Canada’s marijuana industry could benefit after seven states representing twice the population of Canada voted in favor of legalizing the drug, either recreationally or medically.
Voters in California, Massachusetts, Nevada and Maine approved on Tuesday the use of recreational cannabis, joining four other states and Washington, D.C., that have similar laws in place.
Florida, North Dakota and Arkansas approved medical marijuana, bringing the total number of states with a such a system to more than two dozen. And residents of Montana voted to expand the state’s current medical marijuana regime.
Shipping marijuana into the U.S., whether for medical or recreational purposes, is illegal. But the CEO of Privateer Holdings, a U.S.−based private equity firm that focuses on investing in the marijuana sector, says he expects Canadian producers will enter into partnerships and joint ventures with their neighbors to the south following the referendums.
"I think you’ll see Canadian companies jump at the opportunity to expand their operations and brands into the United States," says Brendan Kennedy, whose firm owns Nanaimo, B.C.−based licensed producer Tilray.
That could mean everything from participating in the production process to providing consulting services or licensing intellectual property to U.S. producers, Kennedy says.
"There are huge opportunities for Canadian companies, because Canada has the most robust and tightly regulated medical cannabis framework in the world," he says.
"Both governments and companies around the world are looking to Canada to provide leadership and expertise in this industry."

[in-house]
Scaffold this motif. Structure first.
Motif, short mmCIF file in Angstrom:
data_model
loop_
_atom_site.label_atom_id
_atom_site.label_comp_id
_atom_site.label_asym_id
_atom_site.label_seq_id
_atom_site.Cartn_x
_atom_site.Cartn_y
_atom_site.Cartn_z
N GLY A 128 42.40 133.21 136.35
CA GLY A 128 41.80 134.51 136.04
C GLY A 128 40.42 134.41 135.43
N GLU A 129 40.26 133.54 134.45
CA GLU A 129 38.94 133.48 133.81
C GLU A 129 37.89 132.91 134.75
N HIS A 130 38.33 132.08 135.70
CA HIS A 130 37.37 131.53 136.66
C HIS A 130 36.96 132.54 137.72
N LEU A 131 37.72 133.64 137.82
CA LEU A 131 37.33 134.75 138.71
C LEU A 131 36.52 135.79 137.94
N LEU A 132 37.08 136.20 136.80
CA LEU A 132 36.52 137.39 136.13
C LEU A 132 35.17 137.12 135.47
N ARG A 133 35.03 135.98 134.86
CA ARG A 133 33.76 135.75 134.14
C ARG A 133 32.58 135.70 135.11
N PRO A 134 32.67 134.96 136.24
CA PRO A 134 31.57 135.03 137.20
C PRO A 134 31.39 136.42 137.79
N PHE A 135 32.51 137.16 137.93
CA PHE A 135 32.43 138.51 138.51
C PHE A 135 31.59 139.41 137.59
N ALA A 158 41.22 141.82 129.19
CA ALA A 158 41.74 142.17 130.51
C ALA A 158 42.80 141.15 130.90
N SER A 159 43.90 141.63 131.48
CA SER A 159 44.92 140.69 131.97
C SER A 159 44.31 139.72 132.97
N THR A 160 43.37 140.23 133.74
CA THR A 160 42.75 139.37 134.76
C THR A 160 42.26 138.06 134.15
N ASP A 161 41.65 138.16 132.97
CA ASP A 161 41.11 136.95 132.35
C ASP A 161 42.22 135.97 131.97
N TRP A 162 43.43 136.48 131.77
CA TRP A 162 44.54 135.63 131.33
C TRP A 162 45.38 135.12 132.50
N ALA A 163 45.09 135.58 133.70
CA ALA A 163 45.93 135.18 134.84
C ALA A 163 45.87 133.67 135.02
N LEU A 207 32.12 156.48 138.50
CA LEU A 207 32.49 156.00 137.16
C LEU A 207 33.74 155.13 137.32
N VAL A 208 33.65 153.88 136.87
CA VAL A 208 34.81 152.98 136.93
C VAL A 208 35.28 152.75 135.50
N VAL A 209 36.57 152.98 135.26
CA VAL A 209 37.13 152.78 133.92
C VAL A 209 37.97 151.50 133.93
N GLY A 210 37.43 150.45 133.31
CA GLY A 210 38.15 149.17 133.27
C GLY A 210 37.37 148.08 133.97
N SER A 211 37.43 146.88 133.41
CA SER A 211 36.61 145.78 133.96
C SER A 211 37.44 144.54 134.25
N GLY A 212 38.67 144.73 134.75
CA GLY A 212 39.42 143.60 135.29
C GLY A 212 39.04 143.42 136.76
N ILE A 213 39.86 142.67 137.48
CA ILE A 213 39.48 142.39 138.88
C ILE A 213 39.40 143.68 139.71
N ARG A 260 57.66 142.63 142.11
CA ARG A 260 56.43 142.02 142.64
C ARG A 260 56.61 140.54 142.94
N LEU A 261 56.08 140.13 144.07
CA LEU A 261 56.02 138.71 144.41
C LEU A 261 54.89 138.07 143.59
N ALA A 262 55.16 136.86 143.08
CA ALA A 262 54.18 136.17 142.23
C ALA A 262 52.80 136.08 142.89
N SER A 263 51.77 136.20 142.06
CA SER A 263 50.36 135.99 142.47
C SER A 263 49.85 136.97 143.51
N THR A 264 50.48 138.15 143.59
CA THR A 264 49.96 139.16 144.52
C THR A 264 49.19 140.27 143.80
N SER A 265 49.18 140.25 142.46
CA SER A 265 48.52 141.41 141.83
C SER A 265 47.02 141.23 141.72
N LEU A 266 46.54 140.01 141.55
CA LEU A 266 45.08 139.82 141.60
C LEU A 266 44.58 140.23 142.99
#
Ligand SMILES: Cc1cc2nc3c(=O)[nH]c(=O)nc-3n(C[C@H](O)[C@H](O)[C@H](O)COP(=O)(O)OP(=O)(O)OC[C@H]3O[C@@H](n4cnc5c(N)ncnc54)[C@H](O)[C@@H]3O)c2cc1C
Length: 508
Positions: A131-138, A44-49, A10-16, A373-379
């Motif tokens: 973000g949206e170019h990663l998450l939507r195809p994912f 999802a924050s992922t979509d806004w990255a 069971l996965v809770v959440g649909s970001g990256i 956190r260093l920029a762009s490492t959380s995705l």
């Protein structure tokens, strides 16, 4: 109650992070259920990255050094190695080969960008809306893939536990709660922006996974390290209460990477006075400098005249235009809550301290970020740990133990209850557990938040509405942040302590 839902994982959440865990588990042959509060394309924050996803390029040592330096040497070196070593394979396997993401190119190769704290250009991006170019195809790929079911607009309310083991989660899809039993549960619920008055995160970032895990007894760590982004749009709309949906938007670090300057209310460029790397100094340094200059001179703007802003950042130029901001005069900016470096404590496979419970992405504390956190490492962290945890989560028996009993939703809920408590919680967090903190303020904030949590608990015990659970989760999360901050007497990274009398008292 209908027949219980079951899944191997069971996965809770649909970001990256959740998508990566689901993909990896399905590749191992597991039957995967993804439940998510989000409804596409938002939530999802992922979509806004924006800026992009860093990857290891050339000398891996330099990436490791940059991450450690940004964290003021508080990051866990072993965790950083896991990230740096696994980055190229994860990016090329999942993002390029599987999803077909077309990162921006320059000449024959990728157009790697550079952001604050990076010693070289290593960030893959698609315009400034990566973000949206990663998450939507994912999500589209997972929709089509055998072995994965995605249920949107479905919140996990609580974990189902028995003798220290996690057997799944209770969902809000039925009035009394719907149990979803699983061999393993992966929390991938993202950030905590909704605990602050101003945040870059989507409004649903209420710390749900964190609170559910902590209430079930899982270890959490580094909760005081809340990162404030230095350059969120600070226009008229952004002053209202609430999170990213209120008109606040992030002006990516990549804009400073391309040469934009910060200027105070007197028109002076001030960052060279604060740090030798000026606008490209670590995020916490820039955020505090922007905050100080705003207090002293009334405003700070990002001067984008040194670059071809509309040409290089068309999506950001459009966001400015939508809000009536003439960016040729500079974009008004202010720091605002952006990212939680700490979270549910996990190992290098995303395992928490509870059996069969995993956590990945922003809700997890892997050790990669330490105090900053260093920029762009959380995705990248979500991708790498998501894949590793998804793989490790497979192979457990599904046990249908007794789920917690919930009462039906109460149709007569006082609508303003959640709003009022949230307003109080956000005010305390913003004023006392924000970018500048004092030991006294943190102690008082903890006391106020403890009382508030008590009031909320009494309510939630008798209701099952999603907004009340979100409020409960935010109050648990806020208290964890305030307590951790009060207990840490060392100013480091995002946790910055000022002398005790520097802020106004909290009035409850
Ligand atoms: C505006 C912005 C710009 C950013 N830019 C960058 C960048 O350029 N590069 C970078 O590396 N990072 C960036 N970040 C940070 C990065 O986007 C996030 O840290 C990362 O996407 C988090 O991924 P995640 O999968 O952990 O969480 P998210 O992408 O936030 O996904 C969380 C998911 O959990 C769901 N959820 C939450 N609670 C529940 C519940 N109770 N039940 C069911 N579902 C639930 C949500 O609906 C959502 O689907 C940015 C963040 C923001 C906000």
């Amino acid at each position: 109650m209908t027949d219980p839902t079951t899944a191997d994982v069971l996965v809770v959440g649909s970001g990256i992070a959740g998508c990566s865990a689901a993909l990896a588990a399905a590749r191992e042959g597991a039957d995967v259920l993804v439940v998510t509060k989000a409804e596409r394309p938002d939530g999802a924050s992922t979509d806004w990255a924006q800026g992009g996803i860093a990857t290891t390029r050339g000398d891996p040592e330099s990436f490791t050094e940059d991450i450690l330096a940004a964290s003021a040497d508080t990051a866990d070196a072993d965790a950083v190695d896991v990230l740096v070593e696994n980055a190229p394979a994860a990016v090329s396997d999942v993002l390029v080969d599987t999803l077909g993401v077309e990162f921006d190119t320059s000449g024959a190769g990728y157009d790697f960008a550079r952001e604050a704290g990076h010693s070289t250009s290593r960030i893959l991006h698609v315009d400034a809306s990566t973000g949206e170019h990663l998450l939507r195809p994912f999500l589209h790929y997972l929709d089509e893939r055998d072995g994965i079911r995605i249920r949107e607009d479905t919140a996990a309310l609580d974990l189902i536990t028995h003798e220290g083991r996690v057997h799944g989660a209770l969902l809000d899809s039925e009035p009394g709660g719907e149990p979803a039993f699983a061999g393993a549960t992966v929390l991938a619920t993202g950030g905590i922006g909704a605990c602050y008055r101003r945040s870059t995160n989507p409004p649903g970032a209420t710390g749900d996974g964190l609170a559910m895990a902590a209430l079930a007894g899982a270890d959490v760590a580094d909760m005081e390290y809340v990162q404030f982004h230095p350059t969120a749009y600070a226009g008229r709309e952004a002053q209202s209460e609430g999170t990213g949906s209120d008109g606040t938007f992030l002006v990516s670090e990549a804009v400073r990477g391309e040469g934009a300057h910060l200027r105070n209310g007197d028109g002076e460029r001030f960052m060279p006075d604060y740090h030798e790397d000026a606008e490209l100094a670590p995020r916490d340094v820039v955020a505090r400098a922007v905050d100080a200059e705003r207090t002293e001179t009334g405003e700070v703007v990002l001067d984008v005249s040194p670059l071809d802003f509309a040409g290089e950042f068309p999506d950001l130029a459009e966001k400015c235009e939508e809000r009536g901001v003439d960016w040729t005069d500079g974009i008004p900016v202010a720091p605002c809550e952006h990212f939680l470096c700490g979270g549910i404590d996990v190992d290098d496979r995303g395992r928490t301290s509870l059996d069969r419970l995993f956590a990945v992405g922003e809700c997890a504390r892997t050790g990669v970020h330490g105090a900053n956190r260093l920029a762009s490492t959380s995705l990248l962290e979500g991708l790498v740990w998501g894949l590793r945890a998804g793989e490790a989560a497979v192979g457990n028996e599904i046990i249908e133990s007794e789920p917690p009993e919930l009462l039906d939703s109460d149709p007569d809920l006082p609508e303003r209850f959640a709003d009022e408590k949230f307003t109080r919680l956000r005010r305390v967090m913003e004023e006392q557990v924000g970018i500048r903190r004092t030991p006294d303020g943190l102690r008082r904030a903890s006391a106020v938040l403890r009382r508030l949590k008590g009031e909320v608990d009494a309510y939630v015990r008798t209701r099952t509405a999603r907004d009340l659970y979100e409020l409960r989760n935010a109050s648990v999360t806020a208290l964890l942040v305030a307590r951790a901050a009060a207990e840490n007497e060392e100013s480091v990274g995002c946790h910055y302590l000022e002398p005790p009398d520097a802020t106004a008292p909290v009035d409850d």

In total, the eight marijuana initiatives passed could inject $7.4-billion annually into the marijuana market by 2020, Arcview Market Research says. That would open the door to a recreational and medical marijuana market in the U.S. worth $21.2-billion by that same time, according to the research firm.
Alan Gertner, CEO of luxury marijuana brand Tokyo Smoke, says the legalization push means more opportunities for brand licensing deals. His company is already working with partners in Florida and Massachusetts, he said.
"Generally, more legal consumers means more opportunity to build and scale Canadian cannabis brands," Gertner said in an email.
Canadian companies that build equipment and technology that help grow medical marijuana will also gain access to a larger market, he added.
Cam Battley, executive vice−president of Alberta−based licensed producer Aurora Cannabis Inc., says Canada is home to some of the largest commercial marijuana producers in the world.
Having a federally regulated medical marijuana regime — rather than a piecemeal, state−by−state system like the U.S. — has allowed Canadian marijuana companies to master large−scale, commercial production techniques, says Battley.
"We do have a lot of expertise, and we’ve learned, collectively as a sector, a lot of really important lessons about cultivation and consistent production," says Battley.
"I think that does give us some advantages and would bode well for partnerships when the time is right."
Khurram Malik, the cannabis lead at Jacob Capital Management, says the news could also help Canadian marijuana companies secure funding by making investors more comfortable with the sector.
"Most of the money raised up here is from the U.S.," says Malik. "This legitimizes the concept of cannabis around the world, which is only a positive for the market up here."
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